Woke culture a threat to society, truth —Thomasian priest

Photo by Raymond Vince Manaloto/THE FLAME

THE RISE of woke culture is threatening the search for truth as its adherents base their arguments on emotions, a priest said.

Fr. Al Vincent Tumlos of the UST Faculty of Philosophy said truth has become relative because of “feelings-based” definitions of equality.

“Equality can be based on feelings and thus, the once-argued call for equality with its long history, even only in its association with the word ‘woke,’ becomes a mere assertion of feelings,” Tumlos said in a forum held last Nov. 24.

“With the aim to separate the oppressed and the oppressors and to conceal its usage in the meaning of language by using an emotive tone, woke does not only endanger society but also endangers the truth,” he added.

Tumlos noted that while wokeism was initially centered on racial oppression, it has evolved to perceive oppression more broadly, resulting in multiple interpretations of who are considered oppressed and who the oppressors are.

According to the priest, the call for equality on issues such as income, legal, gender and sexuality has resulted in a “multifaceted equality.” Cancel culture, irrelative politics and relativism have also emerged due the woke culture’s view on equality which has been “stretched far beyond its original meaning,” he added.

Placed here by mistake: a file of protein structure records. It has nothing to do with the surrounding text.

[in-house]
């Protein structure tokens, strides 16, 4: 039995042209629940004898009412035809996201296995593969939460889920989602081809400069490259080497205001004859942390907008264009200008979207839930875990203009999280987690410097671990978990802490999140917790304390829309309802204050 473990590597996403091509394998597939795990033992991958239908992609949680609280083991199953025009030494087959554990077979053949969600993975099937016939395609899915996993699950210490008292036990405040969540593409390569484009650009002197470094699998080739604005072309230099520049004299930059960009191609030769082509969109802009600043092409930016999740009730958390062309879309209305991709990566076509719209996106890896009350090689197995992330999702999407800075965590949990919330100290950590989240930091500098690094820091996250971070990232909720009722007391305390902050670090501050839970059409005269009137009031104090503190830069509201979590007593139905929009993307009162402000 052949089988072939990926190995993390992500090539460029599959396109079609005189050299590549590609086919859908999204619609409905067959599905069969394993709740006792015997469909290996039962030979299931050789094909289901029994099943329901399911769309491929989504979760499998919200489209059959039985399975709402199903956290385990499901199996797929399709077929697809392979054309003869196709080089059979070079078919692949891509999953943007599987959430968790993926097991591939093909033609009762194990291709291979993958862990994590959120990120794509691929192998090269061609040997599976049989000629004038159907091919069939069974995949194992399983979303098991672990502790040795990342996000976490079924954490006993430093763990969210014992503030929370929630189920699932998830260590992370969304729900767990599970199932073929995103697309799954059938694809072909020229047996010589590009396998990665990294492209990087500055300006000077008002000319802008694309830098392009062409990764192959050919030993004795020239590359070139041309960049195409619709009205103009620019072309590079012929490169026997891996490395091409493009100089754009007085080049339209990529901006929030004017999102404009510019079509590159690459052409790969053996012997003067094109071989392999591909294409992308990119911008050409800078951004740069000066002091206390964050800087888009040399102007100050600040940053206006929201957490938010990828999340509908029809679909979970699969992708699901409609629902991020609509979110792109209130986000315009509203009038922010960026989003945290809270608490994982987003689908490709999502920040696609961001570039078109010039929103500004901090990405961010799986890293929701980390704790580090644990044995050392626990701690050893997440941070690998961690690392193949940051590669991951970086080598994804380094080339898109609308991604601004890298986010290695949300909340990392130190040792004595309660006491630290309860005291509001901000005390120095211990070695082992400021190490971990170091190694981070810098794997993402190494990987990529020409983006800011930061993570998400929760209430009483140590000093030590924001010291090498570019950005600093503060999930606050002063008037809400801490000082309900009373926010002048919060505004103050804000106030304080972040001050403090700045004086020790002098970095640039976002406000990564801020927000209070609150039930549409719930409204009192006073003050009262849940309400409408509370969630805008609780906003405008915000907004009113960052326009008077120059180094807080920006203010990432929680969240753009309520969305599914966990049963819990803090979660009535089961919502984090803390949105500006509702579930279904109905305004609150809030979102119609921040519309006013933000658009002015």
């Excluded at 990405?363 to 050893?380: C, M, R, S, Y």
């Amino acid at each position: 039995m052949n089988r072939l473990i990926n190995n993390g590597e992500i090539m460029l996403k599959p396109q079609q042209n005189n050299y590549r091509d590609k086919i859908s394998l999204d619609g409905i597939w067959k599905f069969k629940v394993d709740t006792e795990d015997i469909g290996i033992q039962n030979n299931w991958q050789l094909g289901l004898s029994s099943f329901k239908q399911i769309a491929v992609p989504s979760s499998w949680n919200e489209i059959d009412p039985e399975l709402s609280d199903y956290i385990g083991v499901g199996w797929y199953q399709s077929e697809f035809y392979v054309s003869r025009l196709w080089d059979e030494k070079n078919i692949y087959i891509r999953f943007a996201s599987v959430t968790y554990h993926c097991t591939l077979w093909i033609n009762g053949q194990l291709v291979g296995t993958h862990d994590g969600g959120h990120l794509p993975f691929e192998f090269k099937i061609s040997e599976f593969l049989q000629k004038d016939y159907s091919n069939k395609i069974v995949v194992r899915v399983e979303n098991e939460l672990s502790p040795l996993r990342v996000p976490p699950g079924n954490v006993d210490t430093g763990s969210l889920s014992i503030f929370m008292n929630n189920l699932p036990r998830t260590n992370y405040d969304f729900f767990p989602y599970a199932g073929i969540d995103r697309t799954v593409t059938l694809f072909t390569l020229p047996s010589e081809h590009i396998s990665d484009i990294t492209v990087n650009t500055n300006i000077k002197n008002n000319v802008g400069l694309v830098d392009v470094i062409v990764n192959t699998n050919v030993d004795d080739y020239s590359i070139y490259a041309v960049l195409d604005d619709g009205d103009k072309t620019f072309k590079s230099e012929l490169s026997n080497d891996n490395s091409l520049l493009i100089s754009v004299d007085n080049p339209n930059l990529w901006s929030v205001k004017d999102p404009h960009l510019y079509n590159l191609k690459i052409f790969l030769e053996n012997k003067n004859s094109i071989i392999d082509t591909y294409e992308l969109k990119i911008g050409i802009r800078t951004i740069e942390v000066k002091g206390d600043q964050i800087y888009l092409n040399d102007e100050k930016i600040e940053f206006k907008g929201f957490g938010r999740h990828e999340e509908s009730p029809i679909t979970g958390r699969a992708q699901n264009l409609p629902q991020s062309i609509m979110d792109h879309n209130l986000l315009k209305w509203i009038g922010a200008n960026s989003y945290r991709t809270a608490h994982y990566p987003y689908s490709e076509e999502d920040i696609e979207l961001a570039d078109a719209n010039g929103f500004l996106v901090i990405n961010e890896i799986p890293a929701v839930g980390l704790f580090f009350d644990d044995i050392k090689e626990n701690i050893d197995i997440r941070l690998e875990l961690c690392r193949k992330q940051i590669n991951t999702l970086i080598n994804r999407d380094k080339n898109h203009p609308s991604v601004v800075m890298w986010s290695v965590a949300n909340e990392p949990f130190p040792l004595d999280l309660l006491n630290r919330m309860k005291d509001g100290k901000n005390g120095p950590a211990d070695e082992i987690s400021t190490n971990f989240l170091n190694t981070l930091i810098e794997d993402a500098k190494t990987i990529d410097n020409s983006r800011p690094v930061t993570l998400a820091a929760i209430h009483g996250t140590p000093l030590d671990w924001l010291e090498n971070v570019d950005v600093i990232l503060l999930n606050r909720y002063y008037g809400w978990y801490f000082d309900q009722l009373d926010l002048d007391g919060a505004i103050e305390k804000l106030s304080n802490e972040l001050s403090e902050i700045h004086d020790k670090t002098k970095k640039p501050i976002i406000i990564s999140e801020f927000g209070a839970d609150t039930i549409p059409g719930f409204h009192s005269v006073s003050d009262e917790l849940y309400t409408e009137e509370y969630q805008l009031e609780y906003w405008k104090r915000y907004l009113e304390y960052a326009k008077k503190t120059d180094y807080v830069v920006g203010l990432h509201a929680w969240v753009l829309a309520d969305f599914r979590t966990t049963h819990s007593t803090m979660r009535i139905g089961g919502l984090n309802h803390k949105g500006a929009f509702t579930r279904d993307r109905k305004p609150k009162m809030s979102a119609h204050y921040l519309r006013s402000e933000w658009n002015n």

“Without knowing such a background, anybody can appeal for a kind of equality whenever they can see or even experience what they consider as oppression,” Tumlos said.

Tumlos urged Thomasians to understand the woke culture but warned them against relying solely on emotional reasoning and bias when engaging with it.

Br. Siddhartha Chiong, O.P., also from the UST Faculty of Philosophy, said Thomasians could be involved in woke culture by “genuinely empathizing” with those who feel oppressed.

“This requires considerable philosophical imagination and stamina to understand the internal logic of their ideology…and to genuinely empathize with their lived experiences, or at least, try to understand the experience of those who call themselves oppressed,” Chiong said. 

“Present how our tradition may have the intellectual, the practical, the political or the existential resources to adequately overcome the difficulty which they face within their ideology,” he added.

Organized by the UST Faculty of Philosophy Students’ Forum, the roundtable discussion on post-truth and woke culture was held at the UST Ecclesiastical Faculties Martyrs’ Hall. It was part of this year’s Alexandria Week in honor of the faculty’s patroness Saint Catherine of Alexandria, who was known for her knowledge in natural philosophy and languages.

The event ran from Nov. 19 to 25 under the theme, “Philosophizing Together: Traversing Uncharted Pathways.”F – Ma. Alyanna Selda and Carlo Jose Ruga

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